E -the Wakefield Doctrine- ‘the Everything Rule’

Welcome to the Wakefield Doctrine (the theory of clarks, scotts and rogers)


easily one of the most challenging aspects of the Wakefield Doctrine, the ‘everything Rule’ lies at the very heart of our view of personality types.  Lets remind ourselfs how the Wakefield Doctrine views ‘personality types.

the Wakefield Doctrine maintains that we are born with the potential to experience the world as one of three characteristic personal realities (aka worldviews) and, at an early age we find ourselves in one (our predominant worldview).
A three year old confronting a world in which life is a constant (and beautiful) struggle, his/her very reality demands quick reactions and constant alertness,  the child’s relationship to the world is that of the predator. Everyday life is both a challenge and a celebration, the child learns that the only way to cope with the world is to remain ever in the moment …alive, un-distracted by the abstract, eschewing the internal world of self-questioning and introspection, thriving in the concrete and objective world.  For this child-soon-to-be-an-adolescent-then-adult, life is simple:  eat, sleep, play, hunt. This child will grow up with what we call the scottian personality type. ( Of course, the ‘other two worldviews’, the children living in and contending with those realities will develop the social styles, the coping strategies, the compensations that reflect the reality of the Outsider/clark and the Herd Members/rogers).  The Wakefield Doctrine does not really concern itself with favorite colors, preferences in food, most desired mates… all we need to know is, ‘how does that person relate themselves to the world around them?’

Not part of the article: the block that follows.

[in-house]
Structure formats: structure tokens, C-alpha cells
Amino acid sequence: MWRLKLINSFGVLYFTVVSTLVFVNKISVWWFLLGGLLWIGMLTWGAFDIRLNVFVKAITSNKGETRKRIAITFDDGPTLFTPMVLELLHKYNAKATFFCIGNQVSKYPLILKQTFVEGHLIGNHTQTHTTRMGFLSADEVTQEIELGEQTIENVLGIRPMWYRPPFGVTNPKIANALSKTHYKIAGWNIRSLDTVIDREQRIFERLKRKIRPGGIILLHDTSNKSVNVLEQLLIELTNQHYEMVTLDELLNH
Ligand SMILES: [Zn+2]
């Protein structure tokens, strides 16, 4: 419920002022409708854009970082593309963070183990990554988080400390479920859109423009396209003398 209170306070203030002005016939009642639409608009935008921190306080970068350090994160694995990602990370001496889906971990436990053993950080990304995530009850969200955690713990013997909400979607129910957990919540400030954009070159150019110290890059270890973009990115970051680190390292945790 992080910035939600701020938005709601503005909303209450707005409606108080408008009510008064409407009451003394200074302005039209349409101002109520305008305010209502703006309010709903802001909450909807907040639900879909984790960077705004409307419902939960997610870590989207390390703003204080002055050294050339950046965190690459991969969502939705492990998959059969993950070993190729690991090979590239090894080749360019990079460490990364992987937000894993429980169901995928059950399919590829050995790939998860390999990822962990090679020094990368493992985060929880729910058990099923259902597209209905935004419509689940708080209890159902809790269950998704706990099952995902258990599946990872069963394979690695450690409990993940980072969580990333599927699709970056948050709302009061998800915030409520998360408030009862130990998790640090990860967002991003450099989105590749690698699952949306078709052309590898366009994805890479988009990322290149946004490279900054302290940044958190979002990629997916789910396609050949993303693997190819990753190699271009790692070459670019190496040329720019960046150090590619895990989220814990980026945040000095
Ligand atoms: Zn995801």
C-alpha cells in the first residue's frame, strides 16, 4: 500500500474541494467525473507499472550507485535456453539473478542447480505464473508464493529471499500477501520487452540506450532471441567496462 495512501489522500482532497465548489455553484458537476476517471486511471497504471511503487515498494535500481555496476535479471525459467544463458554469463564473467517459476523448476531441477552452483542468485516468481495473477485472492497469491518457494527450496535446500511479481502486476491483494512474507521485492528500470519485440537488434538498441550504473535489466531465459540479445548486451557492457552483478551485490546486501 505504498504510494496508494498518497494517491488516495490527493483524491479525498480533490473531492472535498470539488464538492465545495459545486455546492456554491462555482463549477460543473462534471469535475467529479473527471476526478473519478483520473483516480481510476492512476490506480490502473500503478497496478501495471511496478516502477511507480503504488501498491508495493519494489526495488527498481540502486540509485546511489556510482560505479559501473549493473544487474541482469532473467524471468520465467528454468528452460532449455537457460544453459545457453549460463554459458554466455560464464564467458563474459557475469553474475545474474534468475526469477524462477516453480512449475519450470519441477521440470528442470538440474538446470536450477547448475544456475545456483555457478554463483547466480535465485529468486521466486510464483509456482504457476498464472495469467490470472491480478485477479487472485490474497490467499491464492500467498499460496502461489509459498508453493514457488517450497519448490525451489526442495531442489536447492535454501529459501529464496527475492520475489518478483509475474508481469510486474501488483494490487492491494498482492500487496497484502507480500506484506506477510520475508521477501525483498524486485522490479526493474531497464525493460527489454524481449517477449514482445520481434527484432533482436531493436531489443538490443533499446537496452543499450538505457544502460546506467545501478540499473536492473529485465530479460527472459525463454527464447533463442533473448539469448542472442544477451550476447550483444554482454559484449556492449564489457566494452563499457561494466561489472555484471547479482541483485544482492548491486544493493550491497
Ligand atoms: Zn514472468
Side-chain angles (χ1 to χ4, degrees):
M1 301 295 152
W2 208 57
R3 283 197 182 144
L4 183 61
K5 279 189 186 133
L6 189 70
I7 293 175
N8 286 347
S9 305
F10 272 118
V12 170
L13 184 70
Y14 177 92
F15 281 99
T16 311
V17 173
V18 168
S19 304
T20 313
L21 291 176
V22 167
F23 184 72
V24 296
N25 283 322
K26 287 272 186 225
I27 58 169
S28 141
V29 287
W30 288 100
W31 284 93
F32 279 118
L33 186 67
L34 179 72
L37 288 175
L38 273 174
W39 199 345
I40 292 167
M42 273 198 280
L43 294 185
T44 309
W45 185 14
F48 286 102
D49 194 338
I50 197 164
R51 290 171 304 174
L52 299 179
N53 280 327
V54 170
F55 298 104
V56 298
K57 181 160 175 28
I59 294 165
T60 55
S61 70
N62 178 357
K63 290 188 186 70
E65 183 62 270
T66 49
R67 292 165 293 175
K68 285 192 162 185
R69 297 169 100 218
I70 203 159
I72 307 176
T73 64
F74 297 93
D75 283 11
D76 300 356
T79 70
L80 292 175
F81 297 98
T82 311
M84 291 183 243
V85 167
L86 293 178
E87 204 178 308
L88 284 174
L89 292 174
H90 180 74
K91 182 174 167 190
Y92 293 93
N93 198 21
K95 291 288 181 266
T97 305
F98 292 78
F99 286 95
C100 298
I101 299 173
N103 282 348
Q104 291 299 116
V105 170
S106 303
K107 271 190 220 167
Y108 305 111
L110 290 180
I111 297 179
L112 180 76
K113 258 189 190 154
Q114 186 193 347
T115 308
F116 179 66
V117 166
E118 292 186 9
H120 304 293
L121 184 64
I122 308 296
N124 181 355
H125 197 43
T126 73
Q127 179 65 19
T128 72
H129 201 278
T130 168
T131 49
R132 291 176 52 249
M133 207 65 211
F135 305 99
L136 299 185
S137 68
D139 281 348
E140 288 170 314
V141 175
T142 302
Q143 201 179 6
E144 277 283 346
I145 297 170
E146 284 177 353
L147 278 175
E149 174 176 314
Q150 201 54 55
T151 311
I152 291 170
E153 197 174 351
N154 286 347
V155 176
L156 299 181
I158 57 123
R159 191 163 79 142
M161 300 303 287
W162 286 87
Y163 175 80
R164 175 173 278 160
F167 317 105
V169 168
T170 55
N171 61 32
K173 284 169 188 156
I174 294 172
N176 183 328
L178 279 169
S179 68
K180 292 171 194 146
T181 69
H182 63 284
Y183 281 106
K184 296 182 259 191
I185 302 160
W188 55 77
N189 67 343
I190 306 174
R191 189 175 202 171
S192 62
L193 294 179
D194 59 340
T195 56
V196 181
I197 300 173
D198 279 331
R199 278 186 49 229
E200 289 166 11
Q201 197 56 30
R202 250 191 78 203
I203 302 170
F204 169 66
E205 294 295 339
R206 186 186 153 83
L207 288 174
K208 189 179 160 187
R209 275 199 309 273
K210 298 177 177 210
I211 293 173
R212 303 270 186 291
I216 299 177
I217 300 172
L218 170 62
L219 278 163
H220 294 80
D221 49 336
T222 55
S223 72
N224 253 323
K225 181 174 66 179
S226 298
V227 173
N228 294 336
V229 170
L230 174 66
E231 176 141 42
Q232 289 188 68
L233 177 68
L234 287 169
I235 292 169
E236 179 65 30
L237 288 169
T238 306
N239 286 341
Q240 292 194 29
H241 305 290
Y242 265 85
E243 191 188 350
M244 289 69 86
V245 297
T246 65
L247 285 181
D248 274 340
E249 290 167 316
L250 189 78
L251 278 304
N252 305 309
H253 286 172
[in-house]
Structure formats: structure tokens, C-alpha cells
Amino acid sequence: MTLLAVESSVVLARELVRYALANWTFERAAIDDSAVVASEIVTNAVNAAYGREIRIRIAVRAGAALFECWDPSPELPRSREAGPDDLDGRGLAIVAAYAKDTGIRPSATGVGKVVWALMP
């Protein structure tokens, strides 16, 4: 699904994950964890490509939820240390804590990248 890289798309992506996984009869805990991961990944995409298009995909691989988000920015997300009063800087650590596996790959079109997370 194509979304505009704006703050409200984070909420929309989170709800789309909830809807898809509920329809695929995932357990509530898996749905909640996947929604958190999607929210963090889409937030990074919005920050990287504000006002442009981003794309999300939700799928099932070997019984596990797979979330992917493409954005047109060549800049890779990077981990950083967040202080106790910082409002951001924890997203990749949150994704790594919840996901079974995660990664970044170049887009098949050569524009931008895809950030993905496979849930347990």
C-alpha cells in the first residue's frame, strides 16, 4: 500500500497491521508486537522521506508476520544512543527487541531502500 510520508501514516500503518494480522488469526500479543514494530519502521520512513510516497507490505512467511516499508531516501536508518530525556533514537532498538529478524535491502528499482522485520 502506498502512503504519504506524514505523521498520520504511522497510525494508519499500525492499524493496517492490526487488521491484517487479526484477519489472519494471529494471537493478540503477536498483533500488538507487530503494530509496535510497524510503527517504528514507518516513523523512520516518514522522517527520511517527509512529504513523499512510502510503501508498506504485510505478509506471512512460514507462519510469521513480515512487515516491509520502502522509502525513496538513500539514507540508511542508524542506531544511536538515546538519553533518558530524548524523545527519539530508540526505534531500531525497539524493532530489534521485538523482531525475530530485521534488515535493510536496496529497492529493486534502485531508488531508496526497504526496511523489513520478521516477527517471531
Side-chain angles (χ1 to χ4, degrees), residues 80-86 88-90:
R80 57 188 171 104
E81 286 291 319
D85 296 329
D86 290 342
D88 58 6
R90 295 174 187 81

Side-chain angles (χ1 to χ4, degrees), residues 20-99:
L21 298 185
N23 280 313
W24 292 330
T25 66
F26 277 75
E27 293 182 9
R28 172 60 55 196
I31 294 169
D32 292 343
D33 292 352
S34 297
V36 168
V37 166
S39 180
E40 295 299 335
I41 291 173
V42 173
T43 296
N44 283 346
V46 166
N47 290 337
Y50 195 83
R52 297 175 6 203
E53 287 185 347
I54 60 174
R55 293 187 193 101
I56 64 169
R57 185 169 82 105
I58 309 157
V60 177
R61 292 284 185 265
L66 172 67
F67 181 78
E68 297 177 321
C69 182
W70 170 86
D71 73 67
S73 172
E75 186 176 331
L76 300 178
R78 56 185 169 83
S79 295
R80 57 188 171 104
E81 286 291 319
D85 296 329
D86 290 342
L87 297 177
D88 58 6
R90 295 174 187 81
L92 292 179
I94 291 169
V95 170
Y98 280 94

the (three) personality types of the Wakefield Doctrine represent the (individual’s) best effort to cope with the world, as they experience it. The reality of the three worldviews is essential to understanding and effectively using the Wakefield Doctrine as a tool to better understanding the people in our lives.

Ok, so you’ve learned the characteristics of the three worldviews sufficiently enough to allow you to identify the predominant worldview of the people you know and encounter everyday: the girl at the supermarket with the streak of purple in her hair, the boy who sits behind you in History class who always says something that makes you laugh (but no one else seems to hear him), the guy at the gas station with the odd, pressed-lip-smile, the husband who traces outlines of the tools on the pegboard in his workshop, the daughter who is so pretty but insists on spoiling a perfectly good outfit with such odd accessories, the nephew who is so intelligent and yet is getting straight ‘Cs’, the wife who is so sexy and while you’re glad everyone at every social occasion compliments you, sometimes you feel left out.   All these people you can now recognize as being clarks and scotts and rogers.  It’s tempting to think,  ‘My cousin is a carpenter and he’s a wild man I wonder if being a carpenter is a scottian job?’  or maybe, you reflect on last Summer and recall, ‘everyone was so excited about the family vacation, except my daughter, who seemed to be going out of her way to express her indifference, could that be a clark thing?”

‘the everything Rule’ states that: ‘everyone does everything, at one time or another’  

The Rules establishes two things:

  1. (it serves to) remind us that anyone can be a firefighter or a policeman, an accountant or a groundskeeper or a librarian, a physician or a chef
  2. (insists that) it’s incumbent upon us to put ourselves in the worldview of the person we are (trying) to understand and see what it means to be: a cop or a firefighter, a stay-at-home-mom or an insurance adjuster,  from the other person’s perspective, from within their worldview (not ours).

While we all know that scotts have a certain natural…. enthusiasm for an occupation like law enforcement and, therefore tend to excel at it, (what’s not to like for a scott?!!  chase people! drive cars really fast while making a lot of noise… shooting off guns and capturing people (yeah, handcuffs too!)…it’s easy to see why our scottian brothers and sisters like the work), there are very successful clarks and rogers in this line of work. It’s just that for a clark, while the excitement is attractive, they will see their role as being one to protect the innocent, to right wrongs. As too, our rogerian friends who would be cops, they would experience the job as a chance to maintain the Law (and what roger wouldn’t totally love that idea?).